Crete was ruled by a monarch from the central palace of Knossos. The first ruler (and the only one whose name is known) was the legendary King Minos, described by later Greeks as being the son of Zeus and appointed by the chief deity to reign over the island.

The monarchy, however, was far from a totalitarian regime. Historian Richard Hooker describes the role of the King as a “chief entrepreneur or CEO” rather than a dictator. Numerous administrative decisions were shared by a priesthood (which was mainly female) and an immense network of bureaucrats and scribes. This semi-meritocracy was one of the most civil regimes of its time, remarkable for its lack of rigid caste structures and barriers to individual socioeconomic advancement.

Evidence suggests that the people of Crete were permitted a large degree of liberty, and no gender inequalities existed. Cretans are anomalous in that respect, having avoided the negative impacts of late Neolithic societies upon women and the poor. Perhaps this is due to the fact that their relative tranquility placed a smaller need on a strong military and a subservient workforce. Thus patriarchy and a rule of warlords never developed.


The Minoans had a matriarchal religion in which no male gods were detectable.

Cretan religion orients itself around animals, and numerous deities seem to possess a central emphasis on them. For example, “The Huntress” represents human attempts for mastery over other creatures, while “The Mountain Mother”, a diametric opposite, attempts to preserve a natural setting for animals. A popular household goddess was portrayed as entangled in snakes throughout her organism. Other goddesses possessed exteriors of birds, most notably doves.

The Minoans worshipped trees, rocks, and springs in a semi-Animist manner.

Evil figures in Minoan religion are represented as human demons with the limbs of lions and other carnivores.

Art, Architecture, and Technology

The most renowned of the palaces in Knossos was the four-story Labyrinth, the chief palace of the King in existence from 2000 to 1350 BC. Its extraordinary abundance of rooms served as a basis for legends of foreigners, such as mainland Greeks, who perceived it as a maze in which it would be humanly impossible to remember one’s way. In reality, however, it was not the crude dwelling of the Minotaur that myths describe it to be. It possessed numerous places of worship, workshops, lavish banquet halls, and a grand courtyard in the center, surrounded by four sections. This palace was destroyed and rebuilt numerous times, in 1700 BC, and later by an earthquake in 1600 BC. The eruption of the Santorini volcano in 1450 BC was its greatest catastrophe, although it was restored once more by conquering Greeks. However, it fell into neglect and disrepair as Crete lost its political value around 1380 BC. This monumental work is thought to have been designed by the legendary architect and scientist Daidalus, the father of Icarus.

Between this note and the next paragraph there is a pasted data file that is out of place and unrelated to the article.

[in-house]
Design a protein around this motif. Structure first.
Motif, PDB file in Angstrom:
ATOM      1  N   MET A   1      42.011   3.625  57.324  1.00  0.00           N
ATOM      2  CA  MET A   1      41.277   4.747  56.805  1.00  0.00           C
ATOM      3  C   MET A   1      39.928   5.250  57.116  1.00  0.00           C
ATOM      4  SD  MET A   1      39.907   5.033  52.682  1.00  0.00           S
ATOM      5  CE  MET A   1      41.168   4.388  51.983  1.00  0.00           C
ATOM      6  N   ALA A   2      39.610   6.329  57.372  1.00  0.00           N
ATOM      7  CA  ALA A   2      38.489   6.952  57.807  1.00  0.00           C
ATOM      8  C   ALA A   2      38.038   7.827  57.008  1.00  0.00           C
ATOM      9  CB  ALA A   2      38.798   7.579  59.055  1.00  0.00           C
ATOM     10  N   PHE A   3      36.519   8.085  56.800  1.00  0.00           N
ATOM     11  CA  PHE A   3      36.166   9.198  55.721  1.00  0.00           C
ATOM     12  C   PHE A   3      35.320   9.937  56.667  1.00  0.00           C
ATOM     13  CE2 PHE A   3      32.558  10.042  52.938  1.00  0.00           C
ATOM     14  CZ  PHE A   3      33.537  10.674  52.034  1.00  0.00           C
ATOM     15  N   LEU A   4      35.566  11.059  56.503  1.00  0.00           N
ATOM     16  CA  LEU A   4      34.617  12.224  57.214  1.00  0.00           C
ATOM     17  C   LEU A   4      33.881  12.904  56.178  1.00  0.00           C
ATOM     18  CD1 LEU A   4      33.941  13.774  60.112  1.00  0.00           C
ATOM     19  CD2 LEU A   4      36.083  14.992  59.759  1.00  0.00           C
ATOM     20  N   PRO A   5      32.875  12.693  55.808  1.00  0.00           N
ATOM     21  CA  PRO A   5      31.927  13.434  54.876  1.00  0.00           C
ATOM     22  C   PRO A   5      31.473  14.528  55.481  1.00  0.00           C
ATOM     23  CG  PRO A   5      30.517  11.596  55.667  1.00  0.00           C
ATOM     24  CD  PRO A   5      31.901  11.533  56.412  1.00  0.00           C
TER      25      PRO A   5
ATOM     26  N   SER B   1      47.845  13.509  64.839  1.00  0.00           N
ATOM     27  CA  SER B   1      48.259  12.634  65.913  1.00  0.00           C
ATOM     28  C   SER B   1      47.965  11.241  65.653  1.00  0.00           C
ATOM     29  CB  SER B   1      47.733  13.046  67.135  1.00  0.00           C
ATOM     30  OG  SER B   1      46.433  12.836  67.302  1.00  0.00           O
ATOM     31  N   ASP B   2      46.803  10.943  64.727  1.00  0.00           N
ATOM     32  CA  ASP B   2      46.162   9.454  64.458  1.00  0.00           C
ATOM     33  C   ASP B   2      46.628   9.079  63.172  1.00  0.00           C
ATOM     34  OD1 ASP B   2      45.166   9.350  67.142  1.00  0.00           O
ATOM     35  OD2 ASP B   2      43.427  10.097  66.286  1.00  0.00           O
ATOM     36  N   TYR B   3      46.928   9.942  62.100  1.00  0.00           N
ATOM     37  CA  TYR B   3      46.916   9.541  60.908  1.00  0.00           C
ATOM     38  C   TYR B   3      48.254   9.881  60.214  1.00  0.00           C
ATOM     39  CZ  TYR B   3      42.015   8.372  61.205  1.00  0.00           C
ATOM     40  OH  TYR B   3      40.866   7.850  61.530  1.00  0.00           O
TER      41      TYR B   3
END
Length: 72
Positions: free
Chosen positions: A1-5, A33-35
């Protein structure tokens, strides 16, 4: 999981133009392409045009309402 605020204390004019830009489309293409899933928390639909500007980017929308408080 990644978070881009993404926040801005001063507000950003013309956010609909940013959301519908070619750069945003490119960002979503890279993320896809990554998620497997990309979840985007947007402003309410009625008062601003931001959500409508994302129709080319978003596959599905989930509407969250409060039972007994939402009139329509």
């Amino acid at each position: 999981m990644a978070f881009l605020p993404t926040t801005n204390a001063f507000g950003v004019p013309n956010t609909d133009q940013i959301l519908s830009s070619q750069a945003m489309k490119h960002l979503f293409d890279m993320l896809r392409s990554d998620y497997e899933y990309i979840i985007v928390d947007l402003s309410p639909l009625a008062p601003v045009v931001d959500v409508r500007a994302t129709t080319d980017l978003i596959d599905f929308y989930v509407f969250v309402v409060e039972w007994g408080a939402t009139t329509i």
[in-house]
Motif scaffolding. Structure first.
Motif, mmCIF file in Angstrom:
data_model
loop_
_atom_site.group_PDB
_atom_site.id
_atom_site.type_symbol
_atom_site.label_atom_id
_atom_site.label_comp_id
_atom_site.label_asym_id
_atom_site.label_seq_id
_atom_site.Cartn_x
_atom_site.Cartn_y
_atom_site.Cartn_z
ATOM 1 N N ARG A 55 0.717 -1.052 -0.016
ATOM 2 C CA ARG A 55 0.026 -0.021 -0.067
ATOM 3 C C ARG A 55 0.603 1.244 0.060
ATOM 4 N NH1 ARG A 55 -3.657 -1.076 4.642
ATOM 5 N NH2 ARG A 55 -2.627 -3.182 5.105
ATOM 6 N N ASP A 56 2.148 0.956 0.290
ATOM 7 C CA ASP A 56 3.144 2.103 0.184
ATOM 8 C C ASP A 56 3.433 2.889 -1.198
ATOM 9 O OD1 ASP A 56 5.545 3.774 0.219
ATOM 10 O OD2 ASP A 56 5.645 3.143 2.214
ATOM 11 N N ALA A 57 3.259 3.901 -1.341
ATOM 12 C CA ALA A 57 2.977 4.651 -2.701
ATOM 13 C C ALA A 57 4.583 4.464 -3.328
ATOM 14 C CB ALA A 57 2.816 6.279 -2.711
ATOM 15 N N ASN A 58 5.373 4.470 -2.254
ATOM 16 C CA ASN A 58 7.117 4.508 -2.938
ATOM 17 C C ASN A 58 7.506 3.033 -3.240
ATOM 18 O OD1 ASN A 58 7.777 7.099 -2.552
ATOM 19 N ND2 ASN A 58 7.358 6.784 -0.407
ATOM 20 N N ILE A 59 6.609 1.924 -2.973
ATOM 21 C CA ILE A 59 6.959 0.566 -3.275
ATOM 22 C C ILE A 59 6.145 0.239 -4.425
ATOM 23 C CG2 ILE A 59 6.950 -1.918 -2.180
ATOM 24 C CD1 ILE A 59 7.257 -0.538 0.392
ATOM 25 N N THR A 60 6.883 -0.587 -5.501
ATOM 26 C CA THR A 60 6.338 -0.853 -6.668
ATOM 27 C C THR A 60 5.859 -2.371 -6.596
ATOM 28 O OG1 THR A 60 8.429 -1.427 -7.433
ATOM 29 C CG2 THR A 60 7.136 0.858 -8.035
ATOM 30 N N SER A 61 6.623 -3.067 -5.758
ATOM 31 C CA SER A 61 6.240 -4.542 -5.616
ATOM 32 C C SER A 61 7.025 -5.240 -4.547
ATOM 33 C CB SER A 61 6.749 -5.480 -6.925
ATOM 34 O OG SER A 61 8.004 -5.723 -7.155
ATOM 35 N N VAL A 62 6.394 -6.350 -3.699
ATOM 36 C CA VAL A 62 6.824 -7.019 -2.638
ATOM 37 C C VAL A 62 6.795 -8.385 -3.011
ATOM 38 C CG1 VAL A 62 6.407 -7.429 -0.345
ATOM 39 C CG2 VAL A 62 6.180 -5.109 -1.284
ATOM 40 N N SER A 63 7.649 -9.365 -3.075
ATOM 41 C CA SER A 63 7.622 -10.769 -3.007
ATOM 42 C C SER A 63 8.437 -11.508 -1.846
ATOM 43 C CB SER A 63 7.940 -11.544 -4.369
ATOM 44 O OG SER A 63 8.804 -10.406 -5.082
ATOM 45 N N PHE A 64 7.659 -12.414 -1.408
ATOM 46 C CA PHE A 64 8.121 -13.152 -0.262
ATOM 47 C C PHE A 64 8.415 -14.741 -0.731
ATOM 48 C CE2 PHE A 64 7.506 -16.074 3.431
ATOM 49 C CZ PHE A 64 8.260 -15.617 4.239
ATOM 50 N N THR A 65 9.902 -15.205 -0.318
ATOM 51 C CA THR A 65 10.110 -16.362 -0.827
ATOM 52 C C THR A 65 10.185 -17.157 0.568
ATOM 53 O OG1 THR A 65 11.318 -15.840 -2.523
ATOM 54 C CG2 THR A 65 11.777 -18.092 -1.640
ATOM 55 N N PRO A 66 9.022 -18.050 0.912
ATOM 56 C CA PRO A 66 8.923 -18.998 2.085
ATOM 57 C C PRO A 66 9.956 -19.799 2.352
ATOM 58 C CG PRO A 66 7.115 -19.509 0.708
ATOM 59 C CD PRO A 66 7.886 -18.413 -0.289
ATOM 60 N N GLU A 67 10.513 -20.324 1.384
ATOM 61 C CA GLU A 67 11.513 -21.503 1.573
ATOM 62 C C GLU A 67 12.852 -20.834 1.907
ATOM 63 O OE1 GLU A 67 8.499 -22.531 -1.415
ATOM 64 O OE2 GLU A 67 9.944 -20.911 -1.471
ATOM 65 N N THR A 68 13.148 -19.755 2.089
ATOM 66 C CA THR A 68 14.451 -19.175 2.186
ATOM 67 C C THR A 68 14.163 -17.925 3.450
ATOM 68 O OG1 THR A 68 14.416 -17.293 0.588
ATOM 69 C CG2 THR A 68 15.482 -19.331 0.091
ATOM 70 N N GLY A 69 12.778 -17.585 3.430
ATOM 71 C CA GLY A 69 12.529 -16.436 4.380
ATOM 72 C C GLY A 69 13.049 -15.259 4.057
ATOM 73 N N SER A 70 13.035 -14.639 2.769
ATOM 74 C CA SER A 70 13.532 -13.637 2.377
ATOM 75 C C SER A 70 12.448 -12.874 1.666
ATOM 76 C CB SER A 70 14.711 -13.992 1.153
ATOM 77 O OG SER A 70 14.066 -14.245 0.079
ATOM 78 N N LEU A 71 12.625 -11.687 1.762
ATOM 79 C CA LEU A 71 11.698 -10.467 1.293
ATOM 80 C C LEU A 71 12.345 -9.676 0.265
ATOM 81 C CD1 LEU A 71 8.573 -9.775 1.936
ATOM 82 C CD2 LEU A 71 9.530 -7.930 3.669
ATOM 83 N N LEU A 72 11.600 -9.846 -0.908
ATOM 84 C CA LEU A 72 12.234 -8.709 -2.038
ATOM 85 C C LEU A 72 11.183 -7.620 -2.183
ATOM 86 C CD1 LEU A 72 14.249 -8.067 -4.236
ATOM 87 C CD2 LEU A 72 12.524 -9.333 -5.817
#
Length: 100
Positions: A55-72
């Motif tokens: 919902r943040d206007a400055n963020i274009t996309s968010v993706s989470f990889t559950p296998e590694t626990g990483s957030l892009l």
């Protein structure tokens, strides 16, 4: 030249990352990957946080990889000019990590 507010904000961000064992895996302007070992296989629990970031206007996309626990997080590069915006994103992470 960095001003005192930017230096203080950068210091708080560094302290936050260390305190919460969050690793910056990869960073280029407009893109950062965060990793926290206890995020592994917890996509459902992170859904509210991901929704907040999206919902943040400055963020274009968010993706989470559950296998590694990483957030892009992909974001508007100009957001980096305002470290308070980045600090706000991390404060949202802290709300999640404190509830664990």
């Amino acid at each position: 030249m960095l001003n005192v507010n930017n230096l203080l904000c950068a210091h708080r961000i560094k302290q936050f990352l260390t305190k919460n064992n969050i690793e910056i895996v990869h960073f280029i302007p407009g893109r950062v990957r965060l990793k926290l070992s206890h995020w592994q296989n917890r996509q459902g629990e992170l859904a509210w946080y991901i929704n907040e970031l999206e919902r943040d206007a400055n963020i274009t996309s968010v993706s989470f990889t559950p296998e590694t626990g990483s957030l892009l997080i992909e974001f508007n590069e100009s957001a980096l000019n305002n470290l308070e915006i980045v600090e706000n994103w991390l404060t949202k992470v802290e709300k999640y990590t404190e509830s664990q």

Minoan art seems to have been separated from mundane tasks and duties and oriented toward a purely aesthetic purpose. Numerous wall murals in palatial complexes within Knossos illustrate scenes from the animal world and everyday life, common in depiction but detached from practicality. The objects portrayed were often trivial and superficial, and there is no moral or political aim discernible in the works. Art was instead developed “for art’s sake”.

Minoan cities possessed plumbing and sanitation systems reaching into the confines of every home. The exact means by which they realized this was, unfortunately, lost following their decline and not recovered until 17th century Europeans had again attained this skill.


The renowned sport of ancient Crete, open to both genders and subjecting all to the same standards, was bull leaping. This was a dangerous pastime, but harmless and humane to the athlete and the animal if performed with skill. A bull would be released to charge toward the jumper. Once it was in sufficient proximity, the performer would attach his hands to the bull’s horns and vault onto the creature’s back. Another common objective was to somersault from such a position to a state of standing on a spot of land directly behind the bull.

Boxing was also a favorite activity, as portrayed in numerous wall murals. The precise regulations are unknown, but this is perhaps a source of inspiration for later Greeks, who adapted the sport to the Olympic Games.

Fate of the Civilization

The Minoans’ isolation from foreign threats caused them to maintain feeble frontiers, and gradually mainland powers such as Mycenae developed, with the fleet and army to overcome them.

The task of conquest was perhaps lightened for the Myceneans by the explosion of the Santorini volcano, four or five times more massive than the cataclysmic eruption of Krakatoa in 1888. This, along with a similar catastrophe on a nearby island from the volcano Thera, inflicted devastating blows upon Crete’s population and economy, crippling it and rendering it susceptible to invasion.